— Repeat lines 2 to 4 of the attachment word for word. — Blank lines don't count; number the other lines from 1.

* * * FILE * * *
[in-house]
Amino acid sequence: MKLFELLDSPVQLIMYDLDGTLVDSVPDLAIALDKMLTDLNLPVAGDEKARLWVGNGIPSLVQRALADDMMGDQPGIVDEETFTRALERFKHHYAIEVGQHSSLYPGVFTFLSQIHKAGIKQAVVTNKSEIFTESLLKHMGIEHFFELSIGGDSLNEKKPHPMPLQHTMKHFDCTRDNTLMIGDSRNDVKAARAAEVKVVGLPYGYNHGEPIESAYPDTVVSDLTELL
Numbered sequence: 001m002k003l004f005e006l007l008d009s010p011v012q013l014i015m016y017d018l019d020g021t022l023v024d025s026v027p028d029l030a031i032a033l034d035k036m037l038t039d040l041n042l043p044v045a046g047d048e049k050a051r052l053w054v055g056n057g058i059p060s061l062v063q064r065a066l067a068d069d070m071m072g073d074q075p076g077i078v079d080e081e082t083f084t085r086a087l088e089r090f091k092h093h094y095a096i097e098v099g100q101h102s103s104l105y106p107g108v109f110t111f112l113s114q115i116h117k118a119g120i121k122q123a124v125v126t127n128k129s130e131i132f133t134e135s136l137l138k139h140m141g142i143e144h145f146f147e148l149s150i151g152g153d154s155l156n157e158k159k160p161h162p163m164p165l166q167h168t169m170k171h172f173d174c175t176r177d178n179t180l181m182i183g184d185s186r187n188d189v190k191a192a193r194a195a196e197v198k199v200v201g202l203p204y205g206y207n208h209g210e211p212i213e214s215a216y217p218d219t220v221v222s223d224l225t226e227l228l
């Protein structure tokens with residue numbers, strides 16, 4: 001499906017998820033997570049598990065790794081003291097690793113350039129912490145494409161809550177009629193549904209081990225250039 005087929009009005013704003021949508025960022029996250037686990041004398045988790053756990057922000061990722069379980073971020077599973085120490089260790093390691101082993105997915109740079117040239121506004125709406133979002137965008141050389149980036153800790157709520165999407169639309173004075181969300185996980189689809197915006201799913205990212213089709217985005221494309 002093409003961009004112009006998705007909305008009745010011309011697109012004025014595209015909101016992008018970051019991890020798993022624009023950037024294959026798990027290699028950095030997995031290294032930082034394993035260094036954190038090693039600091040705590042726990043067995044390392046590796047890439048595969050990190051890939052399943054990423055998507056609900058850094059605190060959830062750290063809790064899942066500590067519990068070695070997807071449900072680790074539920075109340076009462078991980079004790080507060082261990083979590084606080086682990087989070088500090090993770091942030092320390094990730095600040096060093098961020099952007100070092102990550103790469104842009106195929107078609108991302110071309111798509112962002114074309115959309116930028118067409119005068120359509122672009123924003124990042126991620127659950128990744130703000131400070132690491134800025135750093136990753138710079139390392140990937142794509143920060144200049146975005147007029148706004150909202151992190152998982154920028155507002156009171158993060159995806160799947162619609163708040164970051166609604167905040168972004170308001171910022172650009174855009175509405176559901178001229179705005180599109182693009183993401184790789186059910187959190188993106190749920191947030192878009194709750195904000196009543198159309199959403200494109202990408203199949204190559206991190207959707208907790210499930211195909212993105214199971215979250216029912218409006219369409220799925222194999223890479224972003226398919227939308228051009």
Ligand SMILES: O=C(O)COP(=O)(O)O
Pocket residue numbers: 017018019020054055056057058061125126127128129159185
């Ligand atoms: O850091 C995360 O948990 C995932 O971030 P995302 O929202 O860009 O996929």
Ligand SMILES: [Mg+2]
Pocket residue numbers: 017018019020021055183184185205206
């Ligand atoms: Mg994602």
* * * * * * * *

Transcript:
Amino acid sequence: MKLFELLDSPVQLIMYDLDGTLVDSVPDLAIALDKMLTDLNLPVAGDEKARLWVGNGIPSLVQRALADDMMGDQPGIVDEETFTRALERFKHHYAIEVGQHSSLYPGVFTFLSQIHKAGIKQAVVTNKSEIFTESLLKHMGIEHFFELSIGGDSLNEKKPHPMPLQHTMKHFDCTRDNTLMIGDSRNDVKAARAAEVKVVGLPYGYNHGEPIESAYPDTVVSDLTELL
Numbered sequence: 001m002k003l004f005e006l007l008d009s010p011v012q013l014i015m016y017d018l019d020g021t022l023v024d025s026v027p028d029l030a031i032a033l034d035k036m037l038t039d040l041n042l043p044v045a046g047d048e049k050a051r052l053w054v055g056n057g058i059p060s061l062v063q064r065a066l067a068d069d070m071m072g073d074q075p076g077i078v079d080e081e082t083f084t085r086a087l088e089r090f091k092h093h094y095a096i097e098v099g100q101h102s103s104l105y106p107g108v109f110t111f112l113s114q115i116h117k118a119g120i121k122q123a124v125v126t127n128k129s130e131i132f133t134e135s136l137l138k139h140m141g142i143e144h145f146f147e148l149s150i151g152g153d154s155l156n157e158k159k160p161h162p163m164p165l166q167h168t169m170k171h172f173d174c175t176r177d178n179t180l181m182i183g184d185s186r187n188d189v190k191a192a193r194a195a196e197v198k199v200v201g202l203p204y205g206y207n208h209g210e211p212i213e214s215a216y217p218d219t220v221v222s223d224l225t226e227l228l
């Protein structure tokens with residue numbers, strides 16, 4: 001499906017998820033997570049598990065790794081003291097690793113350039129912490145494409161809550177009629193549904209081990225250039 005087929009009005013704003021949508025960022029996250037686990041004398045988790053756990057922000061990722069379980073971020077599973085120490089260790093390691101082993105997915109740079117040239121506004125709406133979002137965008141050389149980036153800790157709520165999407169639309173004075181969300185996980189689809197915006201799913205990212213089709217985005221494309 002093409003961009004112009006998705007909305008009745010011309011697109012004025014595209015909101016992008018970051019991890020798993022624009023950037024294959026798990027290699028950095030997995031290294032930082034394993035260094036954190038090693039600091040705590042726990043067995044390392046590796047890439048595969050990190051890939052399943054990423055998507056609900058850094059605190060959830062750290063809790064899942066500590067519990068070695070997807071449900072680790074539920075109340076009462078991980079004790080507060082261990083979590084606080086682990087989070088500090090993770091942030092320390094990730095600040096060093098961020099952007100070092102990550103790469104842009106195929107078609108991302110071309111798509112962002114074309115959309116930028118067409119005068120359509122672009123924003124990042126991620127659950128990744130703000131400070132690491134800025135750093136990753138710079139390392140990937142794509143920060144200049146975005147007029148706004150909202151992190152998982154920028155507002156009171158993060159995806160799947162619609163708040164970051166609604167905040168972004170308001171910022172650009174855009175509405176559901178001229179705005180599109182693009183993401184790789186059910187959190188993106190749920191947030192878009194709750195904000196009543198159309199959403200494109202990408203199949204190559206991190207959707208907790210499930211195909212993105214199971215979250216029912218409006219369409220799925222194999223890479224972003226398919227939308228051009």